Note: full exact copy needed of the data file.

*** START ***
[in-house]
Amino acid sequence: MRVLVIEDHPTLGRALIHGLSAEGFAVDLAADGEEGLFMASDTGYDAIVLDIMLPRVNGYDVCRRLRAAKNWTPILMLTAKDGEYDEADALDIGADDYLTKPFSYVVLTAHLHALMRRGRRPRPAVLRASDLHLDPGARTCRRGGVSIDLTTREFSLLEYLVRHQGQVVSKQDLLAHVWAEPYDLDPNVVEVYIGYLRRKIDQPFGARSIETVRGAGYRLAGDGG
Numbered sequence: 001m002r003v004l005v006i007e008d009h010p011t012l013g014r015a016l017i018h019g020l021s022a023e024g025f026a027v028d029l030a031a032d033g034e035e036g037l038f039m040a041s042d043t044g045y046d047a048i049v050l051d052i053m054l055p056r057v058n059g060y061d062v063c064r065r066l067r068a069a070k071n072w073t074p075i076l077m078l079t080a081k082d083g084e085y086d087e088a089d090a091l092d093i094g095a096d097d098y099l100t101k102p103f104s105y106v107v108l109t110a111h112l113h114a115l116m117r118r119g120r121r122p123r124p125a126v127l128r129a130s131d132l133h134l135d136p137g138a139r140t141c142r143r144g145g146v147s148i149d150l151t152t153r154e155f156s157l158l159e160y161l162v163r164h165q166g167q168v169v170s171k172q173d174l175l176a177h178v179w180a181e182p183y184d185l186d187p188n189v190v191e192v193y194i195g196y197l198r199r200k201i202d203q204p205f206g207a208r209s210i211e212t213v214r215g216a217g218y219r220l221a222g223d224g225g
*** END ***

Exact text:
[in-house]
Amino acid sequence: MRVLVIEDHPTLGRALIHGLSAEGFAVDLAADGEEGLFMASDTGYDAIVLDIMLPRVNGYDVCRRLRAAKNWTPILMLTAKDGEYDEADALDIGADDYLTKPFSYVVLTAHLHALMRRGRRPRPAVLRASDLHLDPGARTCRRGGVSIDLTTREFSLLEYLVRHQGQVVSKQDLLAHVWAEPYDLDPNVVEVYIGYLRRKIDQPFGARSIETVRGAGYRLAGDGG
Numbered sequence: 001m002r003v004l005v006i007e008d009h010p011t012l013g014r015a016l017i018h019g020l021s022a023e024g025f026a027v028d029l030a031a032d033g034e035e036g037l038f039m040a041s042d043t044g045y046d047a048i049v050l051d052i053m054l055p056r057v058n059g060y061d062v063c064r065r066l067r068a069a070k071n072w073t074p075i076l077m078l079t080a081k082d083g084e085y086d087e088a089d090a091l092d093i094g095a096d097d098y099l100t101k102p103f104s105y106v107v108l109t110a111h112l113h114a115l116m117r118r119g120r121r122p123r124p125a126v127l128r129a130s131d132l133h134l135d136p137g138a139r140t141c142r143r144g145g146v147s148i149d150l151t152t153r154e155f156s157l158l159e160y161l162v163r164h165q166g167q168v169v170s171k172q173d174l175l176a177h178v179w180a181e182p183y184d185l186d187p188n189v190v191e192v193y194i195g196y197l198r199r200k201i202d203q204p205f206g207a208r209s210i211e212t213v214r215g216a217g218y219r220l221a222g223d224g225g